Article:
Just as William Hill closes a number of land-based sports betting shops, a number of American outlets are thinking about opening up some of their own.
An open-air mall in Cherry Hill, New Jersey, is lobbying to open a sports betting parlor which could add some interesting competition to the region’s casinos and online sports betting operators.
The open-air mall at Cherry Hill is a booming spot with an attractive retail mix including shopping outlets like Costco and Trade Joe’s. Now the mall’s owner is looking to add a sports betting parlor to the mix and the big brands in the mall are on board.
What’s interesting is that a lot of retail stores are trying to find a spot in the mall, which used to be a horse racing track. That’s because the 230-acre hotspot is a coveted place these days. Construction of a sports bar started in May 2018 and the thinking was that it would eventually become a place to watch and bet on games. However, opening up a sports betting shop is proving to be tricky.
Shopping and sports betting might not be a combination which immediately comes to mind, but then again the Las Vegas Strip does have plenty of retail. So this shopping-betting parlor combo in New Jersey isn’t so far-fetched.
There’s an ongoing legal challenge in the courts to determine whether the mall, called Market Place and Towne Place at Garden State Park, can legally open a sports betting parlor. On one hand, Morris’s M&M Partners, which owns the spot, says it has the legal right to seek a license. On the other hand, G.S. Park Racing is suing as to stop it, citing a deed covenant that says the mall can only own and operate an off-track betting facility.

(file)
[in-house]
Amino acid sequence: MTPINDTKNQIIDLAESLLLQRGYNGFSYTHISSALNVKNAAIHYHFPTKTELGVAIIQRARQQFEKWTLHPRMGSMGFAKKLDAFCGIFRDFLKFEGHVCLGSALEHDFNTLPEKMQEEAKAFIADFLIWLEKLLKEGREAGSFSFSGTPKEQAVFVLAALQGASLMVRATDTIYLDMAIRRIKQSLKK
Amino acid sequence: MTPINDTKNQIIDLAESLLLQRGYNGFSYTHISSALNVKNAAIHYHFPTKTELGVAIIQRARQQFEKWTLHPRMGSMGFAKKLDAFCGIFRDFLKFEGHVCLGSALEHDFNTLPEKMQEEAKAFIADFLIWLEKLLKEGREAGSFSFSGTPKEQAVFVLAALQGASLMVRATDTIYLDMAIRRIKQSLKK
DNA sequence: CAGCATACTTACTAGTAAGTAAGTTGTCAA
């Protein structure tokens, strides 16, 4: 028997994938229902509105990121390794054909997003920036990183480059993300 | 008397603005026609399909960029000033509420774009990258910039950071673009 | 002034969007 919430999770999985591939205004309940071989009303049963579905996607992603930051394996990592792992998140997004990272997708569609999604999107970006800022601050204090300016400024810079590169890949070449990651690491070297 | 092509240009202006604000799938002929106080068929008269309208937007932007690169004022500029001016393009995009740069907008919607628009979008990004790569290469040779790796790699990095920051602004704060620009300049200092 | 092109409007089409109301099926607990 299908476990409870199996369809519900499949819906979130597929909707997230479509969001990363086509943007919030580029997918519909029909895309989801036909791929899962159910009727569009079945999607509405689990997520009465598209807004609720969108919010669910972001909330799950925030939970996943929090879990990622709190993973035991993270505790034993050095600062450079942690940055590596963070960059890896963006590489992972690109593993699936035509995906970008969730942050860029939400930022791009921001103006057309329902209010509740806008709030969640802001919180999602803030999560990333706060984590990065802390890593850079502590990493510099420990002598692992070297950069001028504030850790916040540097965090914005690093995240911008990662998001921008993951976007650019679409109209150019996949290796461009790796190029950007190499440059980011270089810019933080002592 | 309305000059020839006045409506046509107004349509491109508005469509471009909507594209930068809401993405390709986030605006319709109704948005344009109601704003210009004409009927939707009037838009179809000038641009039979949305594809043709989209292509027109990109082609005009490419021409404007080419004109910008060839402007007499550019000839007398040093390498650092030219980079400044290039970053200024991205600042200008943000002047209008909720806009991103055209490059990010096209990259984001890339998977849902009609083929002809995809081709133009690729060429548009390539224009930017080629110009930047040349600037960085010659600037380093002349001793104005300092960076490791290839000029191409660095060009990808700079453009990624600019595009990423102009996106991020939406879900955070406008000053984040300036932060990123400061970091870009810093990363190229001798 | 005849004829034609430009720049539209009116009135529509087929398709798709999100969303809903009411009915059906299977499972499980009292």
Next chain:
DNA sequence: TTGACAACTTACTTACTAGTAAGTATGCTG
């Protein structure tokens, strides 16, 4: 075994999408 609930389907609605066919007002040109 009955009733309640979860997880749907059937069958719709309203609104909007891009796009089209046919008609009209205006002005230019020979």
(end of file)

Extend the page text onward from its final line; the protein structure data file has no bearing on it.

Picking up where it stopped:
G.S. Park Racing represents a concoction of interests, many of whom are gambling and casino operators in the suburban Philadelphia area. They are fighting to entice New Jersey customers to place bets – Philadelphia is less than 10 miles from Cherry Hill – so they have an interest in preventing a new competitor from opening.
Morris’s M&M Partners argue that sports betting wasn’t legal at the time that the covenant was signed in 2001, so the agreement should be dissolved.
At the end of the day (and there will be plenty of long days ahead in the courts), sports bettors will win out. As sports betting steps into the spotlight, fans will be able to choose land-based shops, kiosks at sports stadiums and arenas or mobile options for wagering. There’s plenty of business to go around but it’s understandable that some old school casinos might feel like they’re being threatened.
But as New Jersey’s booming sports betting market has demonstrated – with 80% of business coming through mobile and online options – mobile sports betting is the wave of the future. We’ve already seen that with William Hill, one of the biggest sports betting brands in the world, closing down stores and shifting its focus online.
But having a physical sports wagering location at a strip mall would be one more option for New Jersey sports betting enthusiasts.